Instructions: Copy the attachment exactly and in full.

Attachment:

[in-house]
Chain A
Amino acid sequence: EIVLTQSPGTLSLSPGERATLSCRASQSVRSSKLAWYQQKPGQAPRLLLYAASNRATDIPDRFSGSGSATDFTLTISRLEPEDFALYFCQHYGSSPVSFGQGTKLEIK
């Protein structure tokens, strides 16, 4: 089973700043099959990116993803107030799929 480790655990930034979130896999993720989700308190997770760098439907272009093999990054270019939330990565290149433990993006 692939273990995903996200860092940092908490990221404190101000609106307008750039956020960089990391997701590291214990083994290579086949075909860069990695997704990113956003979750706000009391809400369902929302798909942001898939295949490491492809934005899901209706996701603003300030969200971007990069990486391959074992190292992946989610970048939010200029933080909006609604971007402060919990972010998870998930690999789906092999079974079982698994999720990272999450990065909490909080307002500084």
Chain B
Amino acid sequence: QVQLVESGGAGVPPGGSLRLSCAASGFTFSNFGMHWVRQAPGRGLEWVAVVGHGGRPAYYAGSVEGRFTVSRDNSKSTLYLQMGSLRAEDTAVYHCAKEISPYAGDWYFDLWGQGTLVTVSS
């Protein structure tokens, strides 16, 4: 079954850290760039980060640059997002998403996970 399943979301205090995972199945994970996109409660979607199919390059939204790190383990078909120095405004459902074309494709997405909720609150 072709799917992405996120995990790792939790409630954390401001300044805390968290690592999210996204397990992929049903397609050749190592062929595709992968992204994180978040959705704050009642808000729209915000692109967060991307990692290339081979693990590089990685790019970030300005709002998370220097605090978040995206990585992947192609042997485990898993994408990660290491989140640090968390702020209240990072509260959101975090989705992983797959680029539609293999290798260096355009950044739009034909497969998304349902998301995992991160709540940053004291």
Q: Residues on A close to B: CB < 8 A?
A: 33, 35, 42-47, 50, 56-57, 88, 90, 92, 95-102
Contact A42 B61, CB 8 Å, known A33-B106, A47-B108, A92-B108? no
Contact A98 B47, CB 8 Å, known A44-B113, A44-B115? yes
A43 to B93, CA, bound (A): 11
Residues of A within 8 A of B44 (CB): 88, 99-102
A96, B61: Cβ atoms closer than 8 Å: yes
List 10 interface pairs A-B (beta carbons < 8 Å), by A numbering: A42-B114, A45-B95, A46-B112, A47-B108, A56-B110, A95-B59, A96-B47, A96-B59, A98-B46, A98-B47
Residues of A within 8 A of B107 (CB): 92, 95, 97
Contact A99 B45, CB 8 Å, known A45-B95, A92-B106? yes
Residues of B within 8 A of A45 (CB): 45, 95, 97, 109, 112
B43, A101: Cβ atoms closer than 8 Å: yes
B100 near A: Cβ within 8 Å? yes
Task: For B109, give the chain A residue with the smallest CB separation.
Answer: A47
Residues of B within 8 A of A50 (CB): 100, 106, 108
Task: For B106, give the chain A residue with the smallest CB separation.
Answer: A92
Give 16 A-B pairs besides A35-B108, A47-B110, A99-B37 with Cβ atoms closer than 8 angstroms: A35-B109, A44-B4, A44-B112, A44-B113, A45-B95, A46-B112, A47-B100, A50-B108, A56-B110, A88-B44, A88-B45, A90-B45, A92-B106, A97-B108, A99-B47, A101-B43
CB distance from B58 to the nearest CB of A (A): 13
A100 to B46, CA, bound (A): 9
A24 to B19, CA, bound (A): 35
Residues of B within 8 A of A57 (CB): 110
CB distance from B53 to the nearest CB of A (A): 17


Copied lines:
[in-house]
Chain A
Amino acid sequence: EIVLTQSPGTLSLSPGERATLSCRASQSVRSSKLAWYQQKPGQAPRLLLYAASNRATDIPDRFSGSGSATDFTLTISRLEPEDFALYFCQHYGSSPVSFGQGTKLEIK
């Protein structure tokens, strides 16, 4: 089973700043099959990116993803107030799929 480790655990930034979130896999993720989700308190997770760098439907272009093999990054270019939330990565290149433990993006 692939273990995903996200860092940092908490990221404190101000609106307008750039956020960089990391997701590291214990083994290579086949075909860069990695997704990113956003979750706000009391809400369902929302798909942001898939295949490491492809934005899901209706996701603003300030969200971007990069990486391959074992190292992946989610970048939010200029933080909006609604971007402060919990972010998870998930690999789906092999079974079982698994999720990272999450990065909490909080307002500084």
Chain B
Amino acid sequence: QVQLVESGGAGVPPGGSLRLSCAASGFTFSNFGMHWVRQAPGRGLEWVAVVGHGGRPAYYAGSVEGRFTVSRDNSKSTLYLQMGSLRAEDTAVYHCAKEISPYAGDWYFDLWGQGTLVTVSS
């Protein structure tokens, strides 16, 4: 079954850290760039980060640059997002998403996970 399943979301205090995972199945994970996109409660979607199919390059939204790190383990078909120095405004459902074309494709997405909720609150 072709799917992405996120995990790792939790409630954390401001300044805390968290690592999210996204397990992929049903397609050749190592062929595709992968992204994180978040959705704050009642808000729209915000692109967060991307990692290339081979693990590089990685790019970030300005709002998370220097605090978040995206990585992947192609042997485990898993994408990660290491989140640090968390702020209240990072509260959101975090989705992983797959680029539609293999290798260096355009950044739009034909497969998304349902998301995992991160709540940053004291």
Q: Residues on A close to B: CB < 8 A?
A: 33, 35, 42-47, 50, 56-57, 88, 90, 92, 95-102
Contact A42 B61, CB 8 Å, known A33-B106, A47-B108, A92-B108? no
Contact A98 B47, CB 8 Å, known A44-B113, A44-B115? yes
A43 to B93, CA, bound (A): 11
Residues of A within 8 A of B44 (CB): 88, 99-102
A96, B61: Cβ atoms closer than 8 Å: yes
List 10 interface pairs A-B (beta carbons < 8 Å), by A numbering: A42-B114, A45-B95, A46-B112, A47-B108, A56-B110, A95-B59, A96-B47, A96-B59, A98-B46, A98-B47
Residues of A within 8 A of B107 (CB): 92, 95, 97
Contact A99 B45, CB 8 Å, known A45-B95, A92-B106? yes
Residues of B within 8 A of A45 (CB): 45, 95, 97, 109, 112
B43, A101: Cβ atoms closer than 8 Å: yes
B100 near A: Cβ within 8 Å? yes
Task: For B109, give the chain A residue with the smallest CB separation.
Answer: A47
Residues of B within 8 A of A50 (CB): 100, 106, 108
Task: For B106, give the chain A residue with the smallest CB separation.
Answer: A92
Give 16 A-B pairs besides A35-B108, A47-B110, A99-B37 with Cβ atoms closer than 8 angstroms: A35-B109, A44-B4, A44-B112, A44-B113, A45-B95, A46-B112, A47-B100, A50-B108, A56-B110, A88-B44, A88-B45, A90-B45, A92-B106, A97-B108, A99-B47, A101-B43
CB distance from B58 to the nearest CB of A (A): 13
A100 to B46, CA, bound (A): 9
A24 to B19, CA, bound (A): 35
Residues of B within 8 A of A57 (CB): 110
CB distance from B53 to the nearest CB of A (A): 17